The Care of External Fixation Devices
Published: 11 October 2023
Published: 11 October 2023
External fixation devices are used to help immobilise a particular part of the body, due to a fracture or certain orthopaedic problem, to allow for bone healing (Singh 2019).
These devices may allow the fixation and manipulation of multiple bone segments, which would otherwise be very difficult. They involve the use of pins, wires and braces, and are used when other options of immobilisation (such as plaster casts) would be ineffective (Singh 2019; Walker 2012).
Fixation devices can be used in limb length discrepancy surgeries, nerve and tendon repairs, and polytrauma patients with fractures, to name a few incidences. They include circular fixators such as halo thoracic braces, Ilizarov fixators, and unilateral fixators (different from circular fixators as they are only positioned on one side of the limb) (Singh 2019).
There are many risks associated with the use of external fixation devices, including those posed by the device itself, as well as the initial injury that requires fixation.
Pin site complication rates range from 7% to 100%, with the majority of complications being infection. This broad range of numbers is problematic and is due to the lack of a universal classification for pin site infections (Walker 2012).
The risks of external fixation devices include:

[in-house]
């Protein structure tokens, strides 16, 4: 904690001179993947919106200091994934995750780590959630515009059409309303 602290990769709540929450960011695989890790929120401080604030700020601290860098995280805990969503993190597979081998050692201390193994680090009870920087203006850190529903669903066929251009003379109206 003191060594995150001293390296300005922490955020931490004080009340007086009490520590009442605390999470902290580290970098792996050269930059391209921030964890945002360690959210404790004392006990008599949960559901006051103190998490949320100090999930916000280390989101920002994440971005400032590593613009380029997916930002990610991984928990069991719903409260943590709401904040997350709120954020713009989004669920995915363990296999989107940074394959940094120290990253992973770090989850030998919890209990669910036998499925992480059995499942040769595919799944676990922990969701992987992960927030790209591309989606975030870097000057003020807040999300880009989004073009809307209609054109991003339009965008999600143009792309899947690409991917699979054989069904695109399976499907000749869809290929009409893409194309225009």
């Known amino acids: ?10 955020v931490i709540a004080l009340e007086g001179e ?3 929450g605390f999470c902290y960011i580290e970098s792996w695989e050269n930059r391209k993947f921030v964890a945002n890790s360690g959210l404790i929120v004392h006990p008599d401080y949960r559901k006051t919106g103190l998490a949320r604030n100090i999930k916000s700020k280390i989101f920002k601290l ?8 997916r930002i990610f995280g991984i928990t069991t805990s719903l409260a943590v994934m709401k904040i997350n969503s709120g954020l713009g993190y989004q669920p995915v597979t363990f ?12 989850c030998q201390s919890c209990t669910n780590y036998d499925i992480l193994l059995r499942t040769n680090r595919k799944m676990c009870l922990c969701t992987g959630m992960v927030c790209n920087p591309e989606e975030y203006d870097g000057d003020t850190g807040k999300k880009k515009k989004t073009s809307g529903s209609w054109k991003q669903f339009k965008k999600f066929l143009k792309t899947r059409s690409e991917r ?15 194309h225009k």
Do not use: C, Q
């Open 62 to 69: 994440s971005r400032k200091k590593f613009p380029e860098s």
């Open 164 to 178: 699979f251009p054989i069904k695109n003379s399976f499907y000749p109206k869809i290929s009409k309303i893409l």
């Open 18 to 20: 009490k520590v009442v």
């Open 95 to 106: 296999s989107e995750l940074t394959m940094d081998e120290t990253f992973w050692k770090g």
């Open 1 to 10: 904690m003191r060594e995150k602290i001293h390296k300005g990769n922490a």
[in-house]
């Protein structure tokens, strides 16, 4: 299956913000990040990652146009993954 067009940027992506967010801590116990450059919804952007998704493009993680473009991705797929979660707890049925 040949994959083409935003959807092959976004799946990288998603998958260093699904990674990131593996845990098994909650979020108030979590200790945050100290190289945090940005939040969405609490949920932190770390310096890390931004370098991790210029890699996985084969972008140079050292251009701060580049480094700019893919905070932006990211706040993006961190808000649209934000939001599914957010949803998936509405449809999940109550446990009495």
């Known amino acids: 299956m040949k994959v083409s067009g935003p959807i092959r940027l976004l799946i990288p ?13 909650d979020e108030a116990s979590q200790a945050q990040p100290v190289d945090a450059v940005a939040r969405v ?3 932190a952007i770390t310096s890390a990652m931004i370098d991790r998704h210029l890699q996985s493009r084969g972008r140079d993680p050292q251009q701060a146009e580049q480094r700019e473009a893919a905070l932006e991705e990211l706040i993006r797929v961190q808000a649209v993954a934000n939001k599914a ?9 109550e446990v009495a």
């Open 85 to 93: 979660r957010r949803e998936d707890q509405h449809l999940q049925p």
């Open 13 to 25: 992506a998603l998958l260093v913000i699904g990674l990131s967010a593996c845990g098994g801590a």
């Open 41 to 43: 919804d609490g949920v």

(Roberts et al. 2015; Vaidya et al. 2012)
DVTs and PEs are also potential complications following orthopaedic surgery and are therefore potential complications for those with external fixation devices. However, there is limited evidence that the clots can be caused by the use of the devices themselves. Rather, they are more likely a result of the surgery (Roberts et al. 2015).
Pins within the external fixator can also loosen. This may then create an unstable fixator, which results in an unsuitable environment for bone healing, increased movement in the limb and pin site irritation, which is often a precursor for pin site infection. Pins can loosen for a variety of reasons, one being when the pin is uncoated, which can lead to a fibrous tissue formation where the pin meets the bone (Ferreira & Marais 2012).
One of the most common risks of external fixation devices is infection. A pin site cannot heal whilst the pin and external fixator is in situ. Therefore, it is essential that the pin site is attended to regularly to decrease the risk of potential infection.
One way of looking at pin site wound care is to think of a stab wound: a stab wound can’t heal if the knife is still in the wound. The healing of the site is prevented by the presence of the pin, therefore, wound care revolves around keeping those sites clean and free from infection (Davies et al. 2005).
There are many individual factors that may also increase the risk of the patient developing a pin site infection. These include the patient's age, any pre-existing medical conditions, the reason why they need the external fixation device, and the duration the device is needed for.
A study also found that weather can have an impact on pin site infections, with the rate of infections higher during the warmer seasons (Kao et al. 2015).
The risk of developing a pin site infection increases with the length of time the fixation device is in place. Pin site infections will usually begin as cellulitis, and treatment will depend on the type of infection.